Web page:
But Belfasts greatest, and most unique, attraction is its people, whose enduring warmth and friendliness remain a welcoming truth, their distinct character and culture evolving with the new city as it merges with the old. So wonderful Victorian celebrations of culture and entertainment, such as the Grand Opera House and Ulster Hall, both recently refurbished, join with the more contemporary Belfast Waterfront Hall and Odyssey Arena. They present the best in local and international arts as Belfasts artists, performers, musicians, crafts people and entertainers are now regularly joined by the finest of their global peers. In acclaimed festivals, and through a packed calendar of cultural events, the city is lit up through the year with a fantastic variety of arts and entertainment, while weekends in Belfast are always a blur of socialising and clubbing, accompanied by live music and DJs.
We will collect the scrap car from Belfast or the surrounding area and dispose of it through our nationwide network of 23 fully licensed Authorised Treatment Facility (ATF) Sites who will scrap your car in line with End of Life (ELV) Legislation, and provide you with a Certificate of Destruction which we file online with the DVLA. So you can rest assured your car has been scrapped legally.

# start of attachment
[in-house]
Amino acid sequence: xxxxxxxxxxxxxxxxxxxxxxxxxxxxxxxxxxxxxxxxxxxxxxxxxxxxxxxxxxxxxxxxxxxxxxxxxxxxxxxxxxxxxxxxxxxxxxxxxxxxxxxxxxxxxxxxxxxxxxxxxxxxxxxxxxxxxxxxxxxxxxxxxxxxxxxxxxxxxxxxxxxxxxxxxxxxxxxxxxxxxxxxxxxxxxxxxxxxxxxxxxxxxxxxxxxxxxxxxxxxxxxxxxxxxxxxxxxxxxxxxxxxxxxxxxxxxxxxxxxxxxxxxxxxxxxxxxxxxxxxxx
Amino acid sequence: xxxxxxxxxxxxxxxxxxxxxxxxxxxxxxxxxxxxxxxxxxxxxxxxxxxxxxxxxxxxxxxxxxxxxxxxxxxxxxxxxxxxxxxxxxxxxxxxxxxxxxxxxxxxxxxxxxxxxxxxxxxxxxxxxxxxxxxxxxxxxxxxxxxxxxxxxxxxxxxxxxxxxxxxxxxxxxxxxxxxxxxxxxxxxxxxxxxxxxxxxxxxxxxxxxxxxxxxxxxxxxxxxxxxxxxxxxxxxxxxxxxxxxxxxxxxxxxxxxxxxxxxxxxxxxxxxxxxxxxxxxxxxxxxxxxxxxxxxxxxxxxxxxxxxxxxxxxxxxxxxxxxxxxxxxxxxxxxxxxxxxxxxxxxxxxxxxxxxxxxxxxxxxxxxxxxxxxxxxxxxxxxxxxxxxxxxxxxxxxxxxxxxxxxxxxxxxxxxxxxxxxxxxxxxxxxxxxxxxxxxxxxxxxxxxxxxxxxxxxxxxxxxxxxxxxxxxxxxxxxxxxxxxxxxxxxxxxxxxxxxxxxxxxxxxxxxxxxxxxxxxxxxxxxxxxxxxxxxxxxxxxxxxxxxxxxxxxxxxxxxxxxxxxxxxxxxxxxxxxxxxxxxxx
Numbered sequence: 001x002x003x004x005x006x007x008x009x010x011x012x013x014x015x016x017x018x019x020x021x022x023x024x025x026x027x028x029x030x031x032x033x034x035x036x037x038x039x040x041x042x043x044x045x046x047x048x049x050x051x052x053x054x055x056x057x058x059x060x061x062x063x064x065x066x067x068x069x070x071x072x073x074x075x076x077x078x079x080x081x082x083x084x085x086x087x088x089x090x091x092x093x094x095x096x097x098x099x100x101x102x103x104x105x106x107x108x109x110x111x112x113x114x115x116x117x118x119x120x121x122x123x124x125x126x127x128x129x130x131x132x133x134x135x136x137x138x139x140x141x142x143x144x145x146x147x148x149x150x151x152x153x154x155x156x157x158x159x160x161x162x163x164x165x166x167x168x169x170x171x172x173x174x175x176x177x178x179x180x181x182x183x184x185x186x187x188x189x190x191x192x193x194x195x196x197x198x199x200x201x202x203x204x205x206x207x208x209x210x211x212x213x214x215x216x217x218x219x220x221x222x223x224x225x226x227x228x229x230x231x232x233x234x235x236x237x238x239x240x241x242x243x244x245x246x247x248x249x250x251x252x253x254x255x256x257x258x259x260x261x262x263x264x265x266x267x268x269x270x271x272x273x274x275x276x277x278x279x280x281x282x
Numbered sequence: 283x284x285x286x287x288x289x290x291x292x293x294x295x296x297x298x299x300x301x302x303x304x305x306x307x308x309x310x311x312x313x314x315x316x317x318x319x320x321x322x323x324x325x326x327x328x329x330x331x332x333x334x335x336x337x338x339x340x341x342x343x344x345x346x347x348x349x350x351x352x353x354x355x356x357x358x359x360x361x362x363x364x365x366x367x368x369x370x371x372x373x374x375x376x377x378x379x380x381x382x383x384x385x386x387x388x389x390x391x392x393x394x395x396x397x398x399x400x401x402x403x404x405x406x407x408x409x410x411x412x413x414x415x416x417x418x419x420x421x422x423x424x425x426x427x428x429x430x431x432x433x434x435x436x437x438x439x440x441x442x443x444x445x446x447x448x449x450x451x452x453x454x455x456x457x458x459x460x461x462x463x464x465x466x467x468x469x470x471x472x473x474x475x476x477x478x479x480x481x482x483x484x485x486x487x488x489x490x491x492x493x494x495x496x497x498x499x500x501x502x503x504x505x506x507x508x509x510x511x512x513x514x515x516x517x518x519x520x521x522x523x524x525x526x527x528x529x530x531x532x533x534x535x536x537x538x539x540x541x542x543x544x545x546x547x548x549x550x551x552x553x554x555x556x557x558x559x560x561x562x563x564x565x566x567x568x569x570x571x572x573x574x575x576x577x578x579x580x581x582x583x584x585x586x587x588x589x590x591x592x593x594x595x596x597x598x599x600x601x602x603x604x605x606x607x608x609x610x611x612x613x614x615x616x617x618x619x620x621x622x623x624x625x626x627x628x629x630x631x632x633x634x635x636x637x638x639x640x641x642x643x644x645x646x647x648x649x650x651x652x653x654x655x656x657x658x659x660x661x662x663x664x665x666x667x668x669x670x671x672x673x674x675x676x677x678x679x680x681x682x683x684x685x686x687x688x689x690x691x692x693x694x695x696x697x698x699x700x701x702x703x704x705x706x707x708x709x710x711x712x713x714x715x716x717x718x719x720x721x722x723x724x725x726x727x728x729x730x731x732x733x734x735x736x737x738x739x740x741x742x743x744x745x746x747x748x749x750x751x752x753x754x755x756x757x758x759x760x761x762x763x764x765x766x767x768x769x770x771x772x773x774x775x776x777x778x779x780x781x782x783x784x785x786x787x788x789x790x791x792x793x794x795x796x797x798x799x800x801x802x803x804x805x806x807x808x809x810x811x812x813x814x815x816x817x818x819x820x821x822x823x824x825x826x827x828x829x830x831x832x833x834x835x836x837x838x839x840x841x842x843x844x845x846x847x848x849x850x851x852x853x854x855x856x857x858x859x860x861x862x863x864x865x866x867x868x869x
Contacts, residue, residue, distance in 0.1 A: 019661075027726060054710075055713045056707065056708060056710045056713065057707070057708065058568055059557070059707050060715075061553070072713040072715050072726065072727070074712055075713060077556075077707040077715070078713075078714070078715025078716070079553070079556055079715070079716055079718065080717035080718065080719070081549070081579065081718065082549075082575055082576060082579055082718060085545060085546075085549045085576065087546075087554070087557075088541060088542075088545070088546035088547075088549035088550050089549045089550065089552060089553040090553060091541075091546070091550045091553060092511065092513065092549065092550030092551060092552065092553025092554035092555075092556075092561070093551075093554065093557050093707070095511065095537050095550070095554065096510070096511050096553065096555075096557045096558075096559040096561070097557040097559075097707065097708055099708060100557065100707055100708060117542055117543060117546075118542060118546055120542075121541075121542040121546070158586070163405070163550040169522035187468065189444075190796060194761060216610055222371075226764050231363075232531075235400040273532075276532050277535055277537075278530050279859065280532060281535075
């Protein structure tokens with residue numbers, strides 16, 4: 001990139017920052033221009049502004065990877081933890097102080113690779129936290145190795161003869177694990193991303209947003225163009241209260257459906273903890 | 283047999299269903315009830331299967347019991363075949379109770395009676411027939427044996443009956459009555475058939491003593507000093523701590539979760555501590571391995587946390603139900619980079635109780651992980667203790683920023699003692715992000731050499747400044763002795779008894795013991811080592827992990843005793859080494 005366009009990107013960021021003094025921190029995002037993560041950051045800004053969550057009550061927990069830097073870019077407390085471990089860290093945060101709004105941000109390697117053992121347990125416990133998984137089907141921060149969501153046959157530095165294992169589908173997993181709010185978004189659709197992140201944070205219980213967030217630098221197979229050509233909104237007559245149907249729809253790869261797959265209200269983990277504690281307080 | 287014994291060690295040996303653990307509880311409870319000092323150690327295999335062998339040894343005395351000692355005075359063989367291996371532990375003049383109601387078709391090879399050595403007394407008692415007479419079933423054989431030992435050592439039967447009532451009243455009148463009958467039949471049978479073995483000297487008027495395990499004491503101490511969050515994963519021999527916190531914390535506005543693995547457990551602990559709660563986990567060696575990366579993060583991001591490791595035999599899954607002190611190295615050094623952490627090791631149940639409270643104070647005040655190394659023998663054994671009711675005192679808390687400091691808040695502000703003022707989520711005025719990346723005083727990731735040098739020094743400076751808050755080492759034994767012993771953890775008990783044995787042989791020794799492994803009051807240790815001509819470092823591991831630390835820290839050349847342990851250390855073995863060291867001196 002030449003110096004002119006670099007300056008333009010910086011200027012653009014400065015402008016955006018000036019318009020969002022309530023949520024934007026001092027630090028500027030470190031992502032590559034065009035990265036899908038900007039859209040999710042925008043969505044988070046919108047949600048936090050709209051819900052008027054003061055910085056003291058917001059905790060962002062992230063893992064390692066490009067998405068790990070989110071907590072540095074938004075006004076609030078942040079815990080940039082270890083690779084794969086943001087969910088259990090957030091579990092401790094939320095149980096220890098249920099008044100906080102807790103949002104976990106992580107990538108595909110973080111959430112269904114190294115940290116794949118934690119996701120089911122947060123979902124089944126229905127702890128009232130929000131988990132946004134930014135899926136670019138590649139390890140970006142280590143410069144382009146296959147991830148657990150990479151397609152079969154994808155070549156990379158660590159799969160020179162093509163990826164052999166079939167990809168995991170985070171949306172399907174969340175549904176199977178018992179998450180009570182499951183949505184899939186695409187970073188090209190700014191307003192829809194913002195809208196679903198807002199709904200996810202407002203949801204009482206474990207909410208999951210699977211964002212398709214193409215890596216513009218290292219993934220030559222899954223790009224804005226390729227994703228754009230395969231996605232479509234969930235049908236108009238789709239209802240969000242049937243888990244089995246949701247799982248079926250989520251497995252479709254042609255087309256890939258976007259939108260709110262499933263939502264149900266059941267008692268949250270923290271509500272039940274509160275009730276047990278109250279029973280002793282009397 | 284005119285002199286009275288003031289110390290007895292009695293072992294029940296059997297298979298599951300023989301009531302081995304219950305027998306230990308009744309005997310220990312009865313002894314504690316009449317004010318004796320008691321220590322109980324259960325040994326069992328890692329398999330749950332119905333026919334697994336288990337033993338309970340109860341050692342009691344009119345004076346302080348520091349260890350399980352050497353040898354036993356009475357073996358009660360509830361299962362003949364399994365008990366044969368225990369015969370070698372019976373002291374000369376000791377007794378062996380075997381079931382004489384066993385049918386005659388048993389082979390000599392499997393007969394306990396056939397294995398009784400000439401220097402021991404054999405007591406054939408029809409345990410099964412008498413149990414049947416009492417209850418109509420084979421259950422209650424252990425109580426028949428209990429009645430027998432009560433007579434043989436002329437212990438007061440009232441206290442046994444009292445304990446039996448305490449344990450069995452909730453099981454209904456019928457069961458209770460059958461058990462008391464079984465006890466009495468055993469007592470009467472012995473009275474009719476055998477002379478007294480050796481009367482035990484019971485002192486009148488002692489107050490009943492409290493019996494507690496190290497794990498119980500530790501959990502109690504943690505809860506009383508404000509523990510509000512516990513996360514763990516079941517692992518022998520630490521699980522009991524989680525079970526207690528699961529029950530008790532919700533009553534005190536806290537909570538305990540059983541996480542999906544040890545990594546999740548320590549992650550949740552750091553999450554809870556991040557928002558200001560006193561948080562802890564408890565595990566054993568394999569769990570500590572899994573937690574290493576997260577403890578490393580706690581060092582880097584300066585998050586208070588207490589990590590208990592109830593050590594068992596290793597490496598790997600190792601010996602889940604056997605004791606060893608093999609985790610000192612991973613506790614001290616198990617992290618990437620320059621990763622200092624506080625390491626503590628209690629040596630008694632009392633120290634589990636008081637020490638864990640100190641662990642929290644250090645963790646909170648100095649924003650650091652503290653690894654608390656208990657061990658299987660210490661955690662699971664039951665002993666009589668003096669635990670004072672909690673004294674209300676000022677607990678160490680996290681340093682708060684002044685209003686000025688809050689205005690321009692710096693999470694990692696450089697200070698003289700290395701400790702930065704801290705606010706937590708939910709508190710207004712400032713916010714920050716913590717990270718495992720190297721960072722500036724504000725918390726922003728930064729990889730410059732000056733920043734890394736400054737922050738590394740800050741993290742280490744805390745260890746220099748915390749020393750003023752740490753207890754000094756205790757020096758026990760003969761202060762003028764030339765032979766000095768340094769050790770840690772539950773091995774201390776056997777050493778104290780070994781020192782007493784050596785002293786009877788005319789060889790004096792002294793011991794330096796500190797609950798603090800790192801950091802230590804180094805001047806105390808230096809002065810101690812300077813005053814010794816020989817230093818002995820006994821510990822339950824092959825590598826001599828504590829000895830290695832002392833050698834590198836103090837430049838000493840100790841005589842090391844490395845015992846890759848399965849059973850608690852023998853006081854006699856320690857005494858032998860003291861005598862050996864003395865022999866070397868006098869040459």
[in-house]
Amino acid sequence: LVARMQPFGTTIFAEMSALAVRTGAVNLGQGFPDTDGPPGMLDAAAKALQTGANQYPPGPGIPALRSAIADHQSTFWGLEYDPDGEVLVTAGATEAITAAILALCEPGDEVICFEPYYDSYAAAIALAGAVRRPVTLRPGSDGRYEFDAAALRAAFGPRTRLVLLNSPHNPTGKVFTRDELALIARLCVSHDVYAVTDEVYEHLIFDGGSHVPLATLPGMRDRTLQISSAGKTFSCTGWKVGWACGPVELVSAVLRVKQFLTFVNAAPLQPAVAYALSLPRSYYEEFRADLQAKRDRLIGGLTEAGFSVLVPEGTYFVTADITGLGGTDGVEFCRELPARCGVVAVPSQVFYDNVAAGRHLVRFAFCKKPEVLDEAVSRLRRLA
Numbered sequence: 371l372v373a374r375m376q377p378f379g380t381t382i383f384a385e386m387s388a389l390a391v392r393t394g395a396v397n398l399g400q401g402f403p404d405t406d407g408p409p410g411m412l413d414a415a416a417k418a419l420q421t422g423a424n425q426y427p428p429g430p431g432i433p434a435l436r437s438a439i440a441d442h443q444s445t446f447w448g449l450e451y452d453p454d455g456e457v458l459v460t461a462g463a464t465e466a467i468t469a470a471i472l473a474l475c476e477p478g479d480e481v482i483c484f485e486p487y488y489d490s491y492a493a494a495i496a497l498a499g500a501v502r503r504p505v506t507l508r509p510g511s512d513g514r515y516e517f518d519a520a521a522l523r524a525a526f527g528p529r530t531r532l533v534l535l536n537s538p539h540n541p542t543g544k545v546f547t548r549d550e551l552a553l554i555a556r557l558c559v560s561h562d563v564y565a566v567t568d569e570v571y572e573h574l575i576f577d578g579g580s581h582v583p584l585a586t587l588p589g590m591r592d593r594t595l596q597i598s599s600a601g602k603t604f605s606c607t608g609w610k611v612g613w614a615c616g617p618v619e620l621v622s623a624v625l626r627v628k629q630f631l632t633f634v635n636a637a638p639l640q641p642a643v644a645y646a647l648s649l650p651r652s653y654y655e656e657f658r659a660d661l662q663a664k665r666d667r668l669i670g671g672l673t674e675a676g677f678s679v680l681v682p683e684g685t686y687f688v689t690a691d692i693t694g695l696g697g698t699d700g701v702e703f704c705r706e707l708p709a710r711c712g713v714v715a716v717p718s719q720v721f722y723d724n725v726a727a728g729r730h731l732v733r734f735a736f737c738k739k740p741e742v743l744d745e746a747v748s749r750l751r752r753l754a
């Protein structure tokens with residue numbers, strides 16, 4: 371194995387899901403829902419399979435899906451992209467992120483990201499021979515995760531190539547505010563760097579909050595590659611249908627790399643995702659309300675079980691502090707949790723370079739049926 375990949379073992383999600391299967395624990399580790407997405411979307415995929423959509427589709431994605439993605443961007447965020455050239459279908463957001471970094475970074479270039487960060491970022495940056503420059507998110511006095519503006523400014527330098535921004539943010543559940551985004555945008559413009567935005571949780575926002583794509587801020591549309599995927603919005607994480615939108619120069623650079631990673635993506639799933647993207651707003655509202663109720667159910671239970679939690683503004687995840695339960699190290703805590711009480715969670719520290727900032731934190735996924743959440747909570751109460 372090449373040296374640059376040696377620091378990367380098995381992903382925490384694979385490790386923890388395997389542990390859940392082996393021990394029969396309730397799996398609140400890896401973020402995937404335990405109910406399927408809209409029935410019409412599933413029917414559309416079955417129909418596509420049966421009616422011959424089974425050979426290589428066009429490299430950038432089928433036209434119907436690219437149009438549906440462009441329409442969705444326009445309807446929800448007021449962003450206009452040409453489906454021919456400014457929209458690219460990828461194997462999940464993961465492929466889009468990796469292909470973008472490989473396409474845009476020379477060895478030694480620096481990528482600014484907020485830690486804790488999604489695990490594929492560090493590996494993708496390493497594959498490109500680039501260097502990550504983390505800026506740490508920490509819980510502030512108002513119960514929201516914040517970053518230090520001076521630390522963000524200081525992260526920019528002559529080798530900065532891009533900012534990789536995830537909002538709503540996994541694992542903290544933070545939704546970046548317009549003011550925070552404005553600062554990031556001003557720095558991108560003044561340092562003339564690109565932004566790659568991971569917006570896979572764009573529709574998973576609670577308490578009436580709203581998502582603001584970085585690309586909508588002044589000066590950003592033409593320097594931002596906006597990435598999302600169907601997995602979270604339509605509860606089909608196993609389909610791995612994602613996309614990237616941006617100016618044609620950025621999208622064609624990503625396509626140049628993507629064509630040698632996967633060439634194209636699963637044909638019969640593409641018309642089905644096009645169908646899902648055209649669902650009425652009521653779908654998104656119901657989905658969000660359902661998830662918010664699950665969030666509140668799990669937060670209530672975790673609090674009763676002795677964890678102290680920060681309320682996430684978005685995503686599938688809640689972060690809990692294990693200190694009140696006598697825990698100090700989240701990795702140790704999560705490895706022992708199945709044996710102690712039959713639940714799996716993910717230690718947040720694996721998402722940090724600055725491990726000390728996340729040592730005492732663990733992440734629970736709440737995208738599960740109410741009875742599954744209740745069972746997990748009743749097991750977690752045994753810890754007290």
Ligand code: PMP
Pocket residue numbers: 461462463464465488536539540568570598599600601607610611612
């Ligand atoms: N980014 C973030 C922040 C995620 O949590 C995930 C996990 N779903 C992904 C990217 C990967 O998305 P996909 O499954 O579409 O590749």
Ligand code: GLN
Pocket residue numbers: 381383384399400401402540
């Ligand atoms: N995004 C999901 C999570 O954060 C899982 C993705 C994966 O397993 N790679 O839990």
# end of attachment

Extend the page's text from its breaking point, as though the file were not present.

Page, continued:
For a hassle free fast way to scrap your car in Belfast please complete the fields in the form to the right and we will provide an instant online scrap car price with the choice to accept and arrange scrapping or decline our scrap car offer.
Should you have any queries, then please contact a member of our team on Freephone: 0800 111 4995 or 01226 770306 to discuss your scrap car collection and what cash payment you will receive, or alternatively contact us and let us know your scrap a car for cash query.
Raw2K ATF sites utilise the advised environmental disposal methods/process as per ELV/ATF Guidelines and legislation.
Raw2Ks operations are focused upon lowering our waste and increasing recycling, therefore providing us with a controlled and reduced sustainability impact wherever possible. A scrap car is much greener than an abandoned car and the owner is paid cash for scrapping their car.
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"Thankyou so much for the care and speed that you gave me for scrapping my car. I'd had her a long time and was sad to see her go, but the guy who removed the car was so professional about it, it was easier than I thought. I would definitely recommend you to anybody in the future." Les & Jackie Eales